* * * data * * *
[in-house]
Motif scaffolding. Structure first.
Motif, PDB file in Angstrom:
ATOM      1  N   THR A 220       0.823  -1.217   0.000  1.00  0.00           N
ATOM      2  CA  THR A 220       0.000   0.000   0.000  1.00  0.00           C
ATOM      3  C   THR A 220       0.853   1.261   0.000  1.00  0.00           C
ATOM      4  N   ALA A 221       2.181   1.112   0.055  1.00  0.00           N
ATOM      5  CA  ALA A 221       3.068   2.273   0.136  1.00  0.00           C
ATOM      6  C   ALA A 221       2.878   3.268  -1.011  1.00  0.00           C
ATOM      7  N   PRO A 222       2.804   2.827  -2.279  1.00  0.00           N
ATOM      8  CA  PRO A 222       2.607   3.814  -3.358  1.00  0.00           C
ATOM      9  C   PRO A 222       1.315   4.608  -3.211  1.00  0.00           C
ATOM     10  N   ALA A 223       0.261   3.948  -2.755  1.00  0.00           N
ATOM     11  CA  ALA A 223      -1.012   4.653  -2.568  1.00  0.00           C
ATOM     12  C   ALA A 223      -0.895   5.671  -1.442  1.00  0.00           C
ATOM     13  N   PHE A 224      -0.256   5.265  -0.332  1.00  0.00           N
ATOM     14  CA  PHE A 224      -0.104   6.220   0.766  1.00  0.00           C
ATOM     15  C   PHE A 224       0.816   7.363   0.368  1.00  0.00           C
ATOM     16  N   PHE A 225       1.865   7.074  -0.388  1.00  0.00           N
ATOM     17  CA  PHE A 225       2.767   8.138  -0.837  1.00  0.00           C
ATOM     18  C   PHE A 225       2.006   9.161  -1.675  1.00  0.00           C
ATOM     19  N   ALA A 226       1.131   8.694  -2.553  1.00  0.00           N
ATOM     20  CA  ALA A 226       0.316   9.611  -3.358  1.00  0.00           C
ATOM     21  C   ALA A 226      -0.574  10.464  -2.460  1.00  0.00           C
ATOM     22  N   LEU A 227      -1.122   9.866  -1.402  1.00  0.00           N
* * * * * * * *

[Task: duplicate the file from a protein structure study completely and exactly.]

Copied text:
[in-house]
Motif scaffolding. Structure first.
Motif, PDB file in Angstrom:
ATOM      1  N   THR A 220       0.823  -1.217   0.000  1.00  0.00           N
ATOM      2  CA  THR A 220       0.000   0.000   0.000  1.00  0.00           C
ATOM      3  C   THR A 220       0.853   1.261   0.000  1.00  0.00           C
ATOM      4  N   ALA A 221       2.181   1.112   0.055  1.00  0.00           N
ATOM      5  CA  ALA A 221       3.068   2.273   0.136  1.00  0.00           C
ATOM      6  C   ALA A 221       2.878   3.268  -1.011  1.00  0.00           C
ATOM      7  N   PRO A 222       2.804   2.827  -2.279  1.00  0.00           N
ATOM      8  CA  PRO A 222       2.607   3.814  -3.358  1.00  0.00           C
ATOM      9  C   PRO A 222       1.315   4.608  -3.211  1.00  0.00           C
ATOM     10  N   ALA A 223       0.261   3.948  -2.755  1.00  0.00           N
ATOM     11  CA  ALA A 223      -1.012   4.653  -2.568  1.00  0.00           C
ATOM     12  C   ALA A 223      -0.895   5.671  -1.442  1.00  0.00           C
ATOM     13  N   PHE A 224      -0.256   5.265  -0.332  1.00  0.00           N
ATOM     14  CA  PHE A 224      -0.104   6.220   0.766  1.00  0.00           C
ATOM     15  C   PHE A 224       0.816   7.363   0.368  1.00  0.00           C
ATOM     16  N   PHE A 225       1.865   7.074  -0.388  1.00  0.00           N
ATOM     17  CA  PHE A 225       2.767   8.138  -0.837  1.00  0.00           C
ATOM     18  C   PHE A 225       2.006   9.161  -1.675  1.00  0.00           C
ATOM     19  N   ALA A 226       1.131   8.694  -2.553  1.00  0.00           N
ATOM     20  CA  ALA A 226       0.316   9.611  -3.358  1.00  0.00           C
ATOM     21  C   ALA A 226      -0.574  10.464  -2.460  1.00  0.00           C
ATOM     22  N   LEU A 227      -1.122   9.866  -1.402  1.00  0.00           N